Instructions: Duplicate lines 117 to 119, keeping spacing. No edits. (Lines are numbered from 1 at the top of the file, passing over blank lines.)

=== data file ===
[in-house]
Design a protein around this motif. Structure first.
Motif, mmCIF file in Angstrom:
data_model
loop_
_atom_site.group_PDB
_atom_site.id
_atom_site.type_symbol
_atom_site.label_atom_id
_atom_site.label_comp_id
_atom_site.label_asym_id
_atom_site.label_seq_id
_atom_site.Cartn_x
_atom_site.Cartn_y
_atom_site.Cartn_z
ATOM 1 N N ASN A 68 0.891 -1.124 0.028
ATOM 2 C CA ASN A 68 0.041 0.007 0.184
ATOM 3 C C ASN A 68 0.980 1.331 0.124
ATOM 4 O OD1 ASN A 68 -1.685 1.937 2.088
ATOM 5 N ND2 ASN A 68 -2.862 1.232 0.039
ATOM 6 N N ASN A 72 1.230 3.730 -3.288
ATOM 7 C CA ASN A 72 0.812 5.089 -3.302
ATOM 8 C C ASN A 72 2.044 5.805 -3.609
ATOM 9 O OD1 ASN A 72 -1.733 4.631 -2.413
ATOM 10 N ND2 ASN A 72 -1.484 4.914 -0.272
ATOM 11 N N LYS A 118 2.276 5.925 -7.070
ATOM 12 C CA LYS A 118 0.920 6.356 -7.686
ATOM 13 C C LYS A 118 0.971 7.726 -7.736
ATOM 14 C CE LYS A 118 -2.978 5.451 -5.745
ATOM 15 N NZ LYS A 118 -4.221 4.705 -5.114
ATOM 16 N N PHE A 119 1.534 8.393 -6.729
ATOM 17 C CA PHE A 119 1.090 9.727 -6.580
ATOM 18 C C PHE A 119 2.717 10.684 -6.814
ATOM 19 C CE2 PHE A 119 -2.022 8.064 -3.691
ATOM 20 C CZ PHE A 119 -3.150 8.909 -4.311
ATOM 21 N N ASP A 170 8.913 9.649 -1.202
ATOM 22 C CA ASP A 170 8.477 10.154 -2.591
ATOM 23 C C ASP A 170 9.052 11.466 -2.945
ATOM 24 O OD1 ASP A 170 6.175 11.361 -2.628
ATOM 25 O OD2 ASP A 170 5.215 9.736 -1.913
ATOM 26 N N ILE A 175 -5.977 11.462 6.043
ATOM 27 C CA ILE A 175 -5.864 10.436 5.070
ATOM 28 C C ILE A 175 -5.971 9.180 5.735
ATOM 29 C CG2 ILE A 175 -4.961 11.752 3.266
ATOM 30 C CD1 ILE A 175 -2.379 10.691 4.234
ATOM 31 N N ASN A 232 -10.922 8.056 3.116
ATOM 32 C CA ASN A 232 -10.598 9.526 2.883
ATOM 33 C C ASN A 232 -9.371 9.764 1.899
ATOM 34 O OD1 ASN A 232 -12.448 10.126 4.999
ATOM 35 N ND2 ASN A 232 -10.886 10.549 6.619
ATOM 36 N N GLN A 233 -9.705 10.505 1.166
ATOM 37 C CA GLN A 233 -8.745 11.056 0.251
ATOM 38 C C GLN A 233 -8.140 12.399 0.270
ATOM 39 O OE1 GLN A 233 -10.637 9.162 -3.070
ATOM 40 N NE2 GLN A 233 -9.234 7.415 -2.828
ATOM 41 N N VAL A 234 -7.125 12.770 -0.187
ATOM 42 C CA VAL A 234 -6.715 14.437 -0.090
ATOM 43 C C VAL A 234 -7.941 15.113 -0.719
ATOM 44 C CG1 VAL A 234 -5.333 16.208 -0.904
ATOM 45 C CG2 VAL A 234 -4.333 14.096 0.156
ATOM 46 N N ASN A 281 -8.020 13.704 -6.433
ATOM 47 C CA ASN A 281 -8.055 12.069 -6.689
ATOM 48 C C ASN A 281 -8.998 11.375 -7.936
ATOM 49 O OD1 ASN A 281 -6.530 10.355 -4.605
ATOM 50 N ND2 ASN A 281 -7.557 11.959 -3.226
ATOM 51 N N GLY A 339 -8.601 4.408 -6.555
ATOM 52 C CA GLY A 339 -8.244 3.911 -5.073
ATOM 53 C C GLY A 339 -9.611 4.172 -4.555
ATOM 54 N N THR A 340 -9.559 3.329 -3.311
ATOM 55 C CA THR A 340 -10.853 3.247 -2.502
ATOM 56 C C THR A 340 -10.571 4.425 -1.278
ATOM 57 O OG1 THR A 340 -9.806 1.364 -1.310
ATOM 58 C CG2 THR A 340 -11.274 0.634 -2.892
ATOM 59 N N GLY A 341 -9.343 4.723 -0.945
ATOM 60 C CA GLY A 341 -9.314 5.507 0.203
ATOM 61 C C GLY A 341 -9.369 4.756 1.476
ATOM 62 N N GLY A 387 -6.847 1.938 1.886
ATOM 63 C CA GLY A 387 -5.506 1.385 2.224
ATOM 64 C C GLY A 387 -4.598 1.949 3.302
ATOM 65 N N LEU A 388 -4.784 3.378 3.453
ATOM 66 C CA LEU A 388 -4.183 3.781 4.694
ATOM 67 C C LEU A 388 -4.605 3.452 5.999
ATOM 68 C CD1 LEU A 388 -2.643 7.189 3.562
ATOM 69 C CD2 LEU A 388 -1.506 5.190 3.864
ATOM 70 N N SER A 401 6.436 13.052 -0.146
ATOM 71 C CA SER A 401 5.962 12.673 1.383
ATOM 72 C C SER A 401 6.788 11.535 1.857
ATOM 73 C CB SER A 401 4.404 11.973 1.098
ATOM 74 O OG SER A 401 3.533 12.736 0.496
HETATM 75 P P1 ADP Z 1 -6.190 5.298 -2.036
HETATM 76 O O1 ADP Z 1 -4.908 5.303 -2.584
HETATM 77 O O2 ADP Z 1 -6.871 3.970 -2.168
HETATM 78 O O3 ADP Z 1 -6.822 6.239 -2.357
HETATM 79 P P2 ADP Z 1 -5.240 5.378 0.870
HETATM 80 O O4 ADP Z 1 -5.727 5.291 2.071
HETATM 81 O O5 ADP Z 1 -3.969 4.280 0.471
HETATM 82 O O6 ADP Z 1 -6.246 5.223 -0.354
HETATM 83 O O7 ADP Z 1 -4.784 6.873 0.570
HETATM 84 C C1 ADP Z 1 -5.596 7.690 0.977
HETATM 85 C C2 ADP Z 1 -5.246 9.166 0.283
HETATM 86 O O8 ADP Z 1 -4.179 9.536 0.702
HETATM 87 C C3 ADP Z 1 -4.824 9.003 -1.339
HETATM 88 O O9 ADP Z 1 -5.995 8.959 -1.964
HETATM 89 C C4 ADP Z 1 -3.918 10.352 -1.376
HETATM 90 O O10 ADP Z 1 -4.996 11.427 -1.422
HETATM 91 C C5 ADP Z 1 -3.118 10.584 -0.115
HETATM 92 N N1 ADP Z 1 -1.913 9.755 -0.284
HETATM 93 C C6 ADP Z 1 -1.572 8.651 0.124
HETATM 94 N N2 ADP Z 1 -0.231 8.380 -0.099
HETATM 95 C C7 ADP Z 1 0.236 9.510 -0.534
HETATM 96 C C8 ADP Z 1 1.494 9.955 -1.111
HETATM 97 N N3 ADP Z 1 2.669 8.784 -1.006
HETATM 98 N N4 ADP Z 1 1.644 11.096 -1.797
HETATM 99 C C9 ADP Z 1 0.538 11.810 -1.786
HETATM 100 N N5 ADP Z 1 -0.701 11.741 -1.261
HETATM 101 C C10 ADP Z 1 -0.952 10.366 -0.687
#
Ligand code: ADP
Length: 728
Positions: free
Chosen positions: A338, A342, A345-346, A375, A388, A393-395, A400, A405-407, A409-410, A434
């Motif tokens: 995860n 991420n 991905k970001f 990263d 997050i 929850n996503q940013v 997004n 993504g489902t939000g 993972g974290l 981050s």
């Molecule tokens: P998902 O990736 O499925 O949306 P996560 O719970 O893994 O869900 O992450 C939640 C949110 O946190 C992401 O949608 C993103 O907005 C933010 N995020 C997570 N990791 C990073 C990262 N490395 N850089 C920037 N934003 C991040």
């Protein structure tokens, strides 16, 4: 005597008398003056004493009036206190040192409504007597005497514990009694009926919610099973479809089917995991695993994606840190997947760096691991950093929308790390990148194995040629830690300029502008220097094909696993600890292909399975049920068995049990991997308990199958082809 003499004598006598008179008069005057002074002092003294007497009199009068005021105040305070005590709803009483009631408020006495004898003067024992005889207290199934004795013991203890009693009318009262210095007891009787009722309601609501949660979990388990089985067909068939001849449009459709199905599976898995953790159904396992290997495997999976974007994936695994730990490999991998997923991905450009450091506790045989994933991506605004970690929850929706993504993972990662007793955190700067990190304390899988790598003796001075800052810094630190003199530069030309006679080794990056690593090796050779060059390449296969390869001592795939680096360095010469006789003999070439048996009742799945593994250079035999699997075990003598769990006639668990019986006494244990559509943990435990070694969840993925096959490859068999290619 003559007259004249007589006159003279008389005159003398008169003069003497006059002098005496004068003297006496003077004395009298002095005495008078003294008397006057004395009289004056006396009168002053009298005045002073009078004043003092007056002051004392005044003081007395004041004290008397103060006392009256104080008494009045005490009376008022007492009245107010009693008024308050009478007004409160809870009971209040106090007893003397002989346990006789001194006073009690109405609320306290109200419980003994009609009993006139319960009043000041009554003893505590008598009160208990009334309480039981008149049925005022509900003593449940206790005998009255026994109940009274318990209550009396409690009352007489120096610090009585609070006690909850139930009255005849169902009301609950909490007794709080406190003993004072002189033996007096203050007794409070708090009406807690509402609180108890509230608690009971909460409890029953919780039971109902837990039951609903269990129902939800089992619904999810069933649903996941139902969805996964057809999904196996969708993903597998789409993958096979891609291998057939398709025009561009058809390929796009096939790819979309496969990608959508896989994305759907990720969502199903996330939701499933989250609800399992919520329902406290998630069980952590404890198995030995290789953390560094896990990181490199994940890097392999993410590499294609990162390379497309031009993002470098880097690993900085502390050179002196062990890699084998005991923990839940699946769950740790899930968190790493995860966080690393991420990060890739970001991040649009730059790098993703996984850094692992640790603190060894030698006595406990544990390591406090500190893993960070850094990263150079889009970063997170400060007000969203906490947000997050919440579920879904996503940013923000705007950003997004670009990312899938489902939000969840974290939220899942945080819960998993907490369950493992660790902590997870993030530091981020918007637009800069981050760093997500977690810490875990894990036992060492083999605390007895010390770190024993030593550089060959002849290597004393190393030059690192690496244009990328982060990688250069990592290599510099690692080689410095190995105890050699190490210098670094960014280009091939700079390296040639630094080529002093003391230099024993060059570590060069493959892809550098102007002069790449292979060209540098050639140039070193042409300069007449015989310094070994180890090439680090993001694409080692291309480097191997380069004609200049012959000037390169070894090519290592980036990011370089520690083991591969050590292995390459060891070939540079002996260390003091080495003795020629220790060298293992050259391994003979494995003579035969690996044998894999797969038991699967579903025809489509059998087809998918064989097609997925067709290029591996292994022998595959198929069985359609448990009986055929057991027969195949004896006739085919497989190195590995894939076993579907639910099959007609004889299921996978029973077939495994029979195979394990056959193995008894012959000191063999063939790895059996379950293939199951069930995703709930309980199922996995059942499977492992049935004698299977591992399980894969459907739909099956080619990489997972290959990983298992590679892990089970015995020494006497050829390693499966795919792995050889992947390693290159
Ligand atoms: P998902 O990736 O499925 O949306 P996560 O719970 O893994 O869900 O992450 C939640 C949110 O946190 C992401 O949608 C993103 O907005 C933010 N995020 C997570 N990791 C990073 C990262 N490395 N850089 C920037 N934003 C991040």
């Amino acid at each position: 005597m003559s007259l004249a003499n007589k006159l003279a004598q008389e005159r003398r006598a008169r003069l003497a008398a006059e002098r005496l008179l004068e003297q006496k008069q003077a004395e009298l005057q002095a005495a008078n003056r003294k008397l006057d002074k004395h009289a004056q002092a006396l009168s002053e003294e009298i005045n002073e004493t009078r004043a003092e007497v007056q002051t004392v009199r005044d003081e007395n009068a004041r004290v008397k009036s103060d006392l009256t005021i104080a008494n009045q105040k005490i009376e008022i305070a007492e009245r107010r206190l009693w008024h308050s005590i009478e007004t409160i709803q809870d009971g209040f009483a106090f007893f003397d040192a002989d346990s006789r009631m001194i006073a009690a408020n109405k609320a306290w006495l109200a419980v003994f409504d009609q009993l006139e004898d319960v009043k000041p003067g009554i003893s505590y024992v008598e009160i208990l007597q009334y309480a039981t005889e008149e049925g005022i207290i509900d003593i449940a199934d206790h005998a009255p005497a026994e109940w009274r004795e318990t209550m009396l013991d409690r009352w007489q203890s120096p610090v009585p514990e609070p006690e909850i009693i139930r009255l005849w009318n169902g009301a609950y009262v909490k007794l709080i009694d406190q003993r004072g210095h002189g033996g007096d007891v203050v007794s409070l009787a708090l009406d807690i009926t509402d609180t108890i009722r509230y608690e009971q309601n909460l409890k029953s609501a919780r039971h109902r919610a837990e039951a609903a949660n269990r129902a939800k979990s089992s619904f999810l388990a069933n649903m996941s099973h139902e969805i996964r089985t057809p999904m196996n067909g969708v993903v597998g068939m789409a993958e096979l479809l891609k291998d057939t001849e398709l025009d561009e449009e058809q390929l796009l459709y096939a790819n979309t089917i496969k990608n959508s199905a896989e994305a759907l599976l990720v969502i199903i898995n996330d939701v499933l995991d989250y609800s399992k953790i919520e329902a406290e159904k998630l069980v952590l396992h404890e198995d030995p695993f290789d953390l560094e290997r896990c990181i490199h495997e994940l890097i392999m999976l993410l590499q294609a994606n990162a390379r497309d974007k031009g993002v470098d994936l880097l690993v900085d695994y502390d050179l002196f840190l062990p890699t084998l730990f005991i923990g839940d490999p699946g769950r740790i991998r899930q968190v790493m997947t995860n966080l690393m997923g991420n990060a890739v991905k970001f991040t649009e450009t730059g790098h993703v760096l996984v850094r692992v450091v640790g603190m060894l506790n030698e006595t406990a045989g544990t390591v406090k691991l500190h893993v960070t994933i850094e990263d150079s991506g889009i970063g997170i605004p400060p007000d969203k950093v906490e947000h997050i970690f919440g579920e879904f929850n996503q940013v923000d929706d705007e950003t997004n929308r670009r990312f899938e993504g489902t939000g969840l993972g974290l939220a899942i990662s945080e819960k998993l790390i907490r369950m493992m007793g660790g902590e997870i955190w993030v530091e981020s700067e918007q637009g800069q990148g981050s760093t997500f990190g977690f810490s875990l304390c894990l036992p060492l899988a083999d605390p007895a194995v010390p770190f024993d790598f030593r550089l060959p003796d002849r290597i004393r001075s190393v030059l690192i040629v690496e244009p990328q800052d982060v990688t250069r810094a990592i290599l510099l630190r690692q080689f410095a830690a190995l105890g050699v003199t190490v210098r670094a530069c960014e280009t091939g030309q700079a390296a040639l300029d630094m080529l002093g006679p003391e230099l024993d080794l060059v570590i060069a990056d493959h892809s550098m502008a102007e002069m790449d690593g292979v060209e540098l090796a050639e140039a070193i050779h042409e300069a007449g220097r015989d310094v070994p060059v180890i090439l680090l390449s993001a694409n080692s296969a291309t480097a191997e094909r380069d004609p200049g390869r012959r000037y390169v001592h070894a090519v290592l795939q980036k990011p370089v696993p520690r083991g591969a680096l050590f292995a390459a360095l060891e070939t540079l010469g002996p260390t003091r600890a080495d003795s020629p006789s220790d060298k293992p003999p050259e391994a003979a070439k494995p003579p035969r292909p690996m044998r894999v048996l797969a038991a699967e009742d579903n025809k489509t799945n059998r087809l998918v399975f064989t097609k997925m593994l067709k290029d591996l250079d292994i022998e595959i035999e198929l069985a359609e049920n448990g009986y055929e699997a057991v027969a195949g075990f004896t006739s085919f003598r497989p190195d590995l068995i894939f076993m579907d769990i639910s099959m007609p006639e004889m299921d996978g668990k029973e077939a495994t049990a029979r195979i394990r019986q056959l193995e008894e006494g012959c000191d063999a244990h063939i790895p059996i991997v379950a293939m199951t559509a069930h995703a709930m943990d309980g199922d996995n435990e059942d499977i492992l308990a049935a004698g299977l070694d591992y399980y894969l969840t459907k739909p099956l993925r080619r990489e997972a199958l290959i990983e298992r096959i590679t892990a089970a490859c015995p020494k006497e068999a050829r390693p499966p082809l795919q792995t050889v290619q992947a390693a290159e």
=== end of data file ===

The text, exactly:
#
Ligand code: ADP
Length: 728